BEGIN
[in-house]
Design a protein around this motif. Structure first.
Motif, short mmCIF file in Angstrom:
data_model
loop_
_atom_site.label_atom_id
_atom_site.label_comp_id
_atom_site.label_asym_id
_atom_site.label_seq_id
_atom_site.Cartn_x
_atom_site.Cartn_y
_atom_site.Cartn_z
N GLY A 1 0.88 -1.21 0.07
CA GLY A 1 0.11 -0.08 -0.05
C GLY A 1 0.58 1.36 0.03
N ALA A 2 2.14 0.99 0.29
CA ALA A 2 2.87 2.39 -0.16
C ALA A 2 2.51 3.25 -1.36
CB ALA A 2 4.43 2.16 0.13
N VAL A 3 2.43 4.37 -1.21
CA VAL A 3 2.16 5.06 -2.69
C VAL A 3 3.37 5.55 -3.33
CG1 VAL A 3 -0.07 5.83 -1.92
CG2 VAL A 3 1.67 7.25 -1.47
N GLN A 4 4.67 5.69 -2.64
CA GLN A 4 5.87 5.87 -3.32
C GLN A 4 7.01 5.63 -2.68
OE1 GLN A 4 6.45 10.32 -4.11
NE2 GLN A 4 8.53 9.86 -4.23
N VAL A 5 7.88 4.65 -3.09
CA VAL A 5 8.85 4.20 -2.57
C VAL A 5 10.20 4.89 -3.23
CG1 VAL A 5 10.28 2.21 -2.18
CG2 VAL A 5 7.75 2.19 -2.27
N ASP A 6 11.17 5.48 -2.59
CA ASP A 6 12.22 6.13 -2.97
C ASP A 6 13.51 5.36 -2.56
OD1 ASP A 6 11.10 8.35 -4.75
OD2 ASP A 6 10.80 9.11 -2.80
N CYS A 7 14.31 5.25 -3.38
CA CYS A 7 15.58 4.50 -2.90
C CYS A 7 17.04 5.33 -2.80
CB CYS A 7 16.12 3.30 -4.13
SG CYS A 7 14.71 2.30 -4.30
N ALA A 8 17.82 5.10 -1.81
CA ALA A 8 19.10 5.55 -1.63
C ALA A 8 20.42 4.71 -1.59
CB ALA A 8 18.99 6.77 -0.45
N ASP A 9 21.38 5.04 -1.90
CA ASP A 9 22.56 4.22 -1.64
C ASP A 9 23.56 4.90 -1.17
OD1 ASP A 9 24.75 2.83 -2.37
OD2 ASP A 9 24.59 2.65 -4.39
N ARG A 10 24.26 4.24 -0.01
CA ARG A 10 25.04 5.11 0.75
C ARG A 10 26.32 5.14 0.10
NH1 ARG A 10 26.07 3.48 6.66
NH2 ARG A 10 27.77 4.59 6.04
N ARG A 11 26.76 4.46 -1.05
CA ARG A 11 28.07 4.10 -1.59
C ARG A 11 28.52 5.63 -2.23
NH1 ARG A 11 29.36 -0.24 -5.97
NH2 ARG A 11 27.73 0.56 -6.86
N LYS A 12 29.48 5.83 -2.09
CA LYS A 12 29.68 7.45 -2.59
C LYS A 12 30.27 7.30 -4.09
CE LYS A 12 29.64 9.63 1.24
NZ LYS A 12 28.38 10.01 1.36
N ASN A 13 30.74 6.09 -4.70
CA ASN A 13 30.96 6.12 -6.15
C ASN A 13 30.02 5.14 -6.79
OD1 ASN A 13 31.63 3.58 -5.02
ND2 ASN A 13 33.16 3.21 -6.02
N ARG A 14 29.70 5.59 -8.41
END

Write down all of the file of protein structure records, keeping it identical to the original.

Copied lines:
[in-house]
Design a protein around this motif. Structure first.
Motif, short mmCIF file in Angstrom:
data_model
loop_
_atom_site.label_atom_id
_atom_site.label_comp_id
_atom_site.label_asym_id
_atom_site.label_seq_id
_atom_site.Cartn_x
_atom_site.Cartn_y
_atom_site.Cartn_z
N GLY A 1 0.88 -1.21 0.07
CA GLY A 1 0.11 -0.08 -0.05
C GLY A 1 0.58 1.36 0.03
N ALA A 2 2.14 0.99 0.29
CA ALA A 2 2.87 2.39 -0.16
C ALA A 2 2.51 3.25 -1.36
CB ALA A 2 4.43 2.16 0.13
N VAL A 3 2.43 4.37 -1.21
CA VAL A 3 2.16 5.06 -2.69
C VAL A 3 3.37 5.55 -3.33
CG1 VAL A 3 -0.07 5.83 -1.92
CG2 VAL A 3 1.67 7.25 -1.47
N GLN A 4 4.67 5.69 -2.64
CA GLN A 4 5.87 5.87 -3.32
C GLN A 4 7.01 5.63 -2.68
OE1 GLN A 4 6.45 10.32 -4.11
NE2 GLN A 4 8.53 9.86 -4.23
N VAL A 5 7.88 4.65 -3.09
CA VAL A 5 8.85 4.20 -2.57
C VAL A 5 10.20 4.89 -3.23
CG1 VAL A 5 10.28 2.21 -2.18
CG2 VAL A 5 7.75 2.19 -2.27
N ASP A 6 11.17 5.48 -2.59
CA ASP A 6 12.22 6.13 -2.97
C ASP A 6 13.51 5.36 -2.56
OD1 ASP A 6 11.10 8.35 -4.75
OD2 ASP A 6 10.80 9.11 -2.80
N CYS A 7 14.31 5.25 -3.38
CA CYS A 7 15.58 4.50 -2.90
C CYS A 7 17.04 5.33 -2.80
CB CYS A 7 16.12 3.30 -4.13
SG CYS A 7 14.71 2.30 -4.30
N ALA A 8 17.82 5.10 -1.81
CA ALA A 8 19.10 5.55 -1.63
C ALA A 8 20.42 4.71 -1.59
CB ALA A 8 18.99 6.77 -0.45
N ASP A 9 21.38 5.04 -1.90
CA ASP A 9 22.56 4.22 -1.64
C ASP A 9 23.56 4.90 -1.17
OD1 ASP A 9 24.75 2.83 -2.37
OD2 ASP A 9 24.59 2.65 -4.39
N ARG A 10 24.26 4.24 -0.01
CA ARG A 10 25.04 5.11 0.75
C ARG A 10 26.32 5.14 0.10
NH1 ARG A 10 26.07 3.48 6.66
NH2 ARG A 10 27.77 4.59 6.04
N ARG A 11 26.76 4.46 -1.05
CA ARG A 11 28.07 4.10 -1.59
C ARG A 11 28.52 5.63 -2.23
NH1 ARG A 11 29.36 -0.24 -5.97
NH2 ARG A 11 27.73 0.56 -6.86
N LYS A 12 29.48 5.83 -2.09
CA LYS A 12 29.68 7.45 -2.59
C LYS A 12 30.27 7.30 -4.09
CE LYS A 12 29.64 9.63 1.24
NZ LYS A 12 28.38 10.01 1.36
N ASN A 13 30.74 6.09 -4.70
CA ASN A 13 30.96 6.12 -6.15
C ASN A 13 30.02 5.14 -6.79
OD1 ASN A 13 31.63 3.58 -5.02
ND2 ASN A 13 33.16 3.21 -6.02
N ARG A 14 29.70 5.59 -8.41